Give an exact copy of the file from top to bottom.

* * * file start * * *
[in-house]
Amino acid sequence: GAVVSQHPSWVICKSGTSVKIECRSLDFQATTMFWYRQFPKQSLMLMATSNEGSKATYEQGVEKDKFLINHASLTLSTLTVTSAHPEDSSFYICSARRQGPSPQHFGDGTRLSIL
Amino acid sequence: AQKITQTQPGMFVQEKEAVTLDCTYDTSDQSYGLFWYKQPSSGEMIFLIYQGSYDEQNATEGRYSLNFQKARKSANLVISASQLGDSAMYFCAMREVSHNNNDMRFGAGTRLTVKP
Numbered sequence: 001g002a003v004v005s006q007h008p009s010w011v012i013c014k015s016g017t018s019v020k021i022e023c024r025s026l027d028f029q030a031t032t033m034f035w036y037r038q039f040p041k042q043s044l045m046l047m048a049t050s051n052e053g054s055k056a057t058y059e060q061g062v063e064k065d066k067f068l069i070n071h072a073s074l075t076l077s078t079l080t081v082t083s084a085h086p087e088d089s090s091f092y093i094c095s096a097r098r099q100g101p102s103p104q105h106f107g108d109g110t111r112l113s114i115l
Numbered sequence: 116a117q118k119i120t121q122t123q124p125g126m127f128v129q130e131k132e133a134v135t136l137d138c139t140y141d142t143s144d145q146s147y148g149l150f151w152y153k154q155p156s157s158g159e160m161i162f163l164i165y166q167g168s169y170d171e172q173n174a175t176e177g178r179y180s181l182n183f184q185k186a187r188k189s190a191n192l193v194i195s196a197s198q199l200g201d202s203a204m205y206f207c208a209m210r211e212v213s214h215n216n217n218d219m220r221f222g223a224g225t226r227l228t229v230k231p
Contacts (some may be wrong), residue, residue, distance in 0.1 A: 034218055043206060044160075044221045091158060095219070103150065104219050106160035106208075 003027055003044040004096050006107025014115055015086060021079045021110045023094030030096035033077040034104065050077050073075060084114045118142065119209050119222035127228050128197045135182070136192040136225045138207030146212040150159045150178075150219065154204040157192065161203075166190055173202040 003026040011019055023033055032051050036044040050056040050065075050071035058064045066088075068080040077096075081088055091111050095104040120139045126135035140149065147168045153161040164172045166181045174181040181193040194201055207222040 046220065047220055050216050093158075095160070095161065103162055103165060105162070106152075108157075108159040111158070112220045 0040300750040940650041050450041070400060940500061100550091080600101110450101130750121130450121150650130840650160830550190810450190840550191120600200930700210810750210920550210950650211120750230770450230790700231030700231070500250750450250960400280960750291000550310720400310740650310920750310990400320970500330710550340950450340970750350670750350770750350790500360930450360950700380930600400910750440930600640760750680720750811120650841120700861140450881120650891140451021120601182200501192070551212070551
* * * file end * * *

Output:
[in-house]
Amino acid sequence: GAVVSQHPSWVICKSGTSVKIECRSLDFQATTMFWYRQFPKQSLMLMATSNEGSKATYEQGVEKDKFLINHASLTLSTLTVTSAHPEDSSFYICSARRQGPSPQHFGDGTRLSIL
Amino acid sequence: AQKITQTQPGMFVQEKEAVTLDCTYDTSDQSYGLFWYKQPSSGEMIFLIYQGSYDEQNATEGRYSLNFQKARKSANLVISASQLGDSAMYFCAMREVSHNNNDMRFGAGTRLTVKP
Numbered sequence: 001g002a003v004v005s006q007h008p009s010w011v012i013c014k015s016g017t018s019v020k021i022e023c024r025s026l027d028f029q030a031t032t033m034f035w036y037r038q039f040p041k042q043s044l045m046l047m048a049t050s051n052e053g054s055k056a057t058y059e060q061g062v063e064k065d066k067f068l069i070n071h072a073s074l075t076l077s078t079l080t081v082t083s084a085h086p087e088d089s090s091f092y093i094c095s096a097r098r099q100g101p102s103p104q105h106f107g108d109g110t111r112l113s114i115l
Numbered sequence: 116a117q118k119i120t121q122t123q124p125g126m127f128v129q130e131k132e133a134v135t136l137d138c139t140y141d142t143s144d145q146s147y148g149l150f151w152y153k154q155p156s157s158g159e160m161i162f163l164i165y166q167g168s169y170d171e172q173n174a175t176e177g178r179y180s181l182n183f184q185k186a187r188k189s190a191n192l193v194i195s196a197s198q199l200g201d202s203a204m205y206f207c208a209m210r211e212v213s214h215n216n217n218d219m220r221f222g223a224g225t226r227l228t229v230k231p
Contacts (some may be wrong), residue, residue, distance in 0.1 A: 034218055043206060044160075044221045091158060095219070103150065104219050106160035106208075 003027055003044040004096050006107025014115055015086060021079045021110045023094030030096035033077040034104065050077050073075060084114045118142065119209050119222035127228050128197045135182070136192040136225045138207030146212040150159045150178075150219065154204040157192065161203075166190055173202040 003026040011019055023033055032051050036044040050056040050065075050071035058064045066088075068080040077096075081088055091111050095104040120139045126135035140149065147168045153161040164172045166181045174181040181193040194201055207222040 046220065047220055050216050093158075095160070095161065103162055103165060105162070106152075108157075108159040111158070112220045 0040300750040940650041050450041070400060940500061100550091080600101110450101130750121130450121150650130840650160830550190810450190840550191120600200930700210810750210920550210950650211120750230770450230790700231030700231070500250750450250960400280960750291000550310720400310740650310920750310990400320970500330710550340950450340970750350670750350770750350790500360930450360950700380930600400910750440930600640760750680720750811120650841120700861140450881120650891140451021120601182200501192070551212070551